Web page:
Justice Ketanji Brown Jackson of the U.S. Supreme Court wrote the majority opinion, which had unanimous approval from the other justices on the majority of the filing.
In the case of Delaware v. Pennsylvania et al., which involved intangible property escheated to a state, Jackson wrote the opinion. The case concerned a disagreement about whether state was allowed to escheat $300 million in uncashed checks issued by MoneyGram Payment Systems between Delaware and 30 other states.
“We hold that the FDA covers the instruments in question and that they should generally escheat to the State of purchase, pursuant to §2503,” Jackson said, adding that there would be an “inequitable” escheatment if only Delaware was permitted to lay claim to the assets.
“When a financial product operates like a money order— i.e., when it is a prepaid written instrument used to transmit money to a named payee—and when it would also escheat inequitably solely to the State of incorporation of the company holding the funds under our common-law rules due to recordkeeping gaps, then it is sufficiently ‘similar’ to a money order to fall presumptively within the FDA,” Jackson explained. “Such is the case with the Disputed Instruments. And nothing in the parties’ arguments, the Special Master’s Second Interim Report, or the record in these cases persuades us that the Disputed Instruments should be deemed ‘third party bank checks.’”
“The Supreme Court rejected that argument, and Delaware—a state that typically rakes in major revenue from unclaimed property—also unsuccessfully argued that it was entitled to keep the funds at issue because MoneyGram is incorporated in the state,” Law and Crime reported.
The U.S. Supreme Court heard arguments this week over President Joe Biden’s plan to forgive student loan debt in a different case.
The nation’s top court appeared to imply that their decision may break Democrats’ hearts. The 6-3 conservative majority might follow the same strategy that led to the historic repeal of the Obama administration’s power plant emissions limit.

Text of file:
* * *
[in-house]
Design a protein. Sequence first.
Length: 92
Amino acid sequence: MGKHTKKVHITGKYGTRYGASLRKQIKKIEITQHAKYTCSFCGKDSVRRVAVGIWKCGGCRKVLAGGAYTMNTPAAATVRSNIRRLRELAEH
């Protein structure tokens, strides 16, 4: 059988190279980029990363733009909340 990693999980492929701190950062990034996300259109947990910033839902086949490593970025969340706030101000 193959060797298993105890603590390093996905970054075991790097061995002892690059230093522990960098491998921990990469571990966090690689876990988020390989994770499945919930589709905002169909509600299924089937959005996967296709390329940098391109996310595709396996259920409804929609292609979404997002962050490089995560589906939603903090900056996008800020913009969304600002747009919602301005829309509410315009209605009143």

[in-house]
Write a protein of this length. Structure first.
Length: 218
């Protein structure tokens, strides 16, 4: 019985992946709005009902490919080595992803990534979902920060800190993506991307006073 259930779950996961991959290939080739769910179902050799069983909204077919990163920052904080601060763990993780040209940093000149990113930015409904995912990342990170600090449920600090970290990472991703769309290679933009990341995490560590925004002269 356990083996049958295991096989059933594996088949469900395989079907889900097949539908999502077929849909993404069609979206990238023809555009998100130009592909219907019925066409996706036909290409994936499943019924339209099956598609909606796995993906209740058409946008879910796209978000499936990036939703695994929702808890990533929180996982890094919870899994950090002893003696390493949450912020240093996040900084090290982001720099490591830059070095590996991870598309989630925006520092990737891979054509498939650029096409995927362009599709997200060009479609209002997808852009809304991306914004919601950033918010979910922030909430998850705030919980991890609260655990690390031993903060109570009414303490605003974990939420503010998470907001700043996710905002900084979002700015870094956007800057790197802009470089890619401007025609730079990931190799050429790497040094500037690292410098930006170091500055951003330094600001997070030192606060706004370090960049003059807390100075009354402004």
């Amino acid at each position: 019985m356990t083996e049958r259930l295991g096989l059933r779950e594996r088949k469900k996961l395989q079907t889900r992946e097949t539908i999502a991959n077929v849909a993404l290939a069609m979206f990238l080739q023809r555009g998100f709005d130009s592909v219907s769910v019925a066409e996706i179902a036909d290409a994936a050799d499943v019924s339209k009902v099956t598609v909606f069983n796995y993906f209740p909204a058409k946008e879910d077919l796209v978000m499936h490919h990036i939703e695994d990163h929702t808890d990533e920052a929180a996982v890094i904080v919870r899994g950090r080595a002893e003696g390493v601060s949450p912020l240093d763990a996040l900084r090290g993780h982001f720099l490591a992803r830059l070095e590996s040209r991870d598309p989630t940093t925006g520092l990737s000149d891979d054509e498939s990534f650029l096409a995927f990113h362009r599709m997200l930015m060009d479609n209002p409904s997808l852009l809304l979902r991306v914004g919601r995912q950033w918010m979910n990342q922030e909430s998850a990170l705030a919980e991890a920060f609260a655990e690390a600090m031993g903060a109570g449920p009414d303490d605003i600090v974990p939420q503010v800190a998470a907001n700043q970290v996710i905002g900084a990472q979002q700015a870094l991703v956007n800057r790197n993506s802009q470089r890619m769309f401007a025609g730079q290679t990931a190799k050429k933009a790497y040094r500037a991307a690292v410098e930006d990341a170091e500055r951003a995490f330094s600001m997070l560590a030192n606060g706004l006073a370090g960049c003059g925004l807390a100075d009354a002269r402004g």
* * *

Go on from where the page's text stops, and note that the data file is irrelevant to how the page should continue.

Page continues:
Prior to the midterm elections last year, the Biden administration tried to forgive $430 billion in student debt.
“About 45 million U.S. borrowers hold $1.6 trillion in federal student loan debt, with the typical undergraduate finishing college with $25,000 in debt, according to White House figures. Many borrowers experienced financial strain during the COVID-19 pandemic. Beginning in 2020, the administrations of President Donald Trump, a Republican, and Biden, a Democrat, repeatedly paused federal student loan payments and halted interest from accruing,” Reuters reported.
“Both administrations relied upon a 2003 federal law called the Higher Education Relief Opportunities for Students Act, or HEROES Act, that allows student loan debt relief during wartime or national emergencies. Biden relied upon the HEROES Act when he unveiled plans to cancel up to $10,000 in federal student debt for Americans making under $125,000 and $20,000 for recipients of Pell grants awarded to students from lower-income families,” the outlet added.
A number of conservative judges have already expressed doubt about letting a federal agency make such broad judgments.
“It now looms over any big agency action that the administration wants to do,” University of San Diego law professor Mila Sohoni said of the major questions doctrine. “The doctrine allows courts a great deal of leeway to pick and choose which agency actions to strike down and which to sustain.”
Since Biden took office in 2021, the justices have used this doctrine to limit the EPA’s ability to control carbon emissions from power plants, stymie his COVID-19 vaccination or testing mandate for large businesses, and prevent the U.S. Centers for Disease Control and Prevention from extending eviction protections for cash-strapped residential renters.
The major questions doctrine, according to Chief Justice John Roberts in his opinion on the EPA case, “developed over a series of significant cases, all addressing a particular and recurring problem: agencies asserting highly consequential power beyond what Congress could reasonably be understood to have granted.”
However, detractors contend that the HEROES Act was only meant to help student loan borrowers in the U.S. military who were affected by the Global War on Terror at the time and was not meant to be applied to any other “national emergency.”
The use of these orders, also referred to as countrywide injunctions, has drawn criticism from Justices Neil Gorsuch and Clarence Thomas. Biden used one of these orders with the HEROES Act.
The giveaway scheme was suspended last year by U.S. District Judge Mark Pittman of the District Court in Northern Texas, writing, “No one can plausibly deny that it is either one of the largest delegations of legislative power to the executive branch or one of the largest exercises of legislative power without congressional authority in the history of the United States.”
“The Court is not blind to the current political division in our country. But it is fundamental to the survival of our Republic that the separation of powers as outlined in our Constitution be preserved. And having interpreted the HEROES Act, the Court holds that it does not provide ‘clear congressional authorization’ for the Program proposed by the Secretary,” he added.